The multiplicity inherent to PSIT may create opportunities but also pose a number of challenges. InDialog 4 provides a forum to examine how we are addressing the opportunities and challenges associated with these multiplicities as practitioners, trainers and researchers.



We invite proposals for 

  • oral presentations (20 minutes + 10 minutes for Q&A) 
  • posters 
  • panel contributions (with 3 to 5 speakers) - Panel conveners will be responsible for setting the theme, chairing the panel, and inviting the speakers. 


The conference will be held in English. We aim to provide sign language interpreting for a selection of contributions. Joint contributions by academic-practitioner or trainer-practitioner tandems are particularly encouraged.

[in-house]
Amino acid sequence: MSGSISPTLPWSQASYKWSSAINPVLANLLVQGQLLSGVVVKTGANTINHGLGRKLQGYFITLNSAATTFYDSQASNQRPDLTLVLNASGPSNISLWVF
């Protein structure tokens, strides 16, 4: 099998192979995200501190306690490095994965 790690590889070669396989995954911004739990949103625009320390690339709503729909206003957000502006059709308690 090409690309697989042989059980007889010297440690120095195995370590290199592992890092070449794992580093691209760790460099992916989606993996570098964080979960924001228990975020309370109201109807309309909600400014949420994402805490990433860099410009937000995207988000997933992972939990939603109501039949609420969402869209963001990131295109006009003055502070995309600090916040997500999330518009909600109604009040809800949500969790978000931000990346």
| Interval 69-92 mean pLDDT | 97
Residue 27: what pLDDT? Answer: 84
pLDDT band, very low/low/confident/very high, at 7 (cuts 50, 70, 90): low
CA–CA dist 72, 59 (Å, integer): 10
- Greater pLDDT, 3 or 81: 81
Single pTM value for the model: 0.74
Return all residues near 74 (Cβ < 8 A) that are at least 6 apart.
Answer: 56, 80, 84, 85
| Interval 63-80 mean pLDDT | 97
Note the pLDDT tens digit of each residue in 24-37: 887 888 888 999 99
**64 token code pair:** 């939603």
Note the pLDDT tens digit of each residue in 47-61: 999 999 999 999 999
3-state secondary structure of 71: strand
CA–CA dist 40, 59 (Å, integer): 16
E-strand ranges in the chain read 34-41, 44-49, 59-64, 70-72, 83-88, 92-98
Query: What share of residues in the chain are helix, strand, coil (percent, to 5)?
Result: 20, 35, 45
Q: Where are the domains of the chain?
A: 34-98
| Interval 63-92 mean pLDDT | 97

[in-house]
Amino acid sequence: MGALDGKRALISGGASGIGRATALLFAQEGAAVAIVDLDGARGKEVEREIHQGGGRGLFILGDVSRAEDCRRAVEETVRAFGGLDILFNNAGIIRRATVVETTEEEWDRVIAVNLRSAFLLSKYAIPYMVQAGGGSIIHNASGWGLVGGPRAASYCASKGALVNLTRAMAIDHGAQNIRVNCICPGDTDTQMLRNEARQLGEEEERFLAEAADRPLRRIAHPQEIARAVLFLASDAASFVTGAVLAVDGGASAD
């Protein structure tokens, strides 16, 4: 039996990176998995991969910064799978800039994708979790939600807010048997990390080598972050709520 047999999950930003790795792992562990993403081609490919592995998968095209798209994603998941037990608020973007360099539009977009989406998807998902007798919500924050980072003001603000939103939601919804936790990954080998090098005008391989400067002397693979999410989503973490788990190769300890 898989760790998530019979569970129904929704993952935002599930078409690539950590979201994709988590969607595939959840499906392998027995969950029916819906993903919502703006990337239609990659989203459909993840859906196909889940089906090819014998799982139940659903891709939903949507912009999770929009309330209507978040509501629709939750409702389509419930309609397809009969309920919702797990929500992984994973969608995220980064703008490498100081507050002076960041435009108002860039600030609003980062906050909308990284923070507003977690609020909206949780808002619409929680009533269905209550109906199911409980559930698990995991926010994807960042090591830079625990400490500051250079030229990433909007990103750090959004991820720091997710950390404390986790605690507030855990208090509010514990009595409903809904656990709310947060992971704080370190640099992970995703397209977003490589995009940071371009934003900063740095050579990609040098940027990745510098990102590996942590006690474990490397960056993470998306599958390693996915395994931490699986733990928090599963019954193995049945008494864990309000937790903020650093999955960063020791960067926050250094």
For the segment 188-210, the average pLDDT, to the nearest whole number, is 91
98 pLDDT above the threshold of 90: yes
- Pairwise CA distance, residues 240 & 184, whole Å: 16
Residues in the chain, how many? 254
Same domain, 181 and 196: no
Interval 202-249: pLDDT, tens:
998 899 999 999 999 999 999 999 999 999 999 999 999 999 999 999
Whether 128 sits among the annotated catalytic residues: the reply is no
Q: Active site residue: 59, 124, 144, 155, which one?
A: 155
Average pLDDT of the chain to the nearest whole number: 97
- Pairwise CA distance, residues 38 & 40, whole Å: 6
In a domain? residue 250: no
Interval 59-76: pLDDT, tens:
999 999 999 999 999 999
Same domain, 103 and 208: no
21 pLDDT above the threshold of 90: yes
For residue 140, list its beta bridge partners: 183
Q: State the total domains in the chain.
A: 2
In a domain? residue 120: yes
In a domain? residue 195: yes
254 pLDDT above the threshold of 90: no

The conference will include stand-alone papers, panel contributions and poster presentations dedicated to issues concerning PSIT. The contributions will be organised around the following thematic axes:

  • PSIT and migration 
  • Access to public services
  • Technological tools and developments in PSIT
  • PSIT and multimodality 
  • Curriculum design and training in PSIT
  • New methods of translation & interpreter training
  • Methodological approaches
  • Interdisciplinary research 
  • Implications for professional practice
  • Ethics and good practices
  • Sign language interpreting
  • PSIT and institutional relations


Abstracts can address any of the following areas:

  • Research 
  • Training & education 
  • Professional practice 


Abstract submission

Proposals should be between 300 and 400 words in length (references not included) and written in English. All submission procedures are web-based. The proposals received will be subjected to an anonymous peer review process to ensure the scientific quality of the submissions.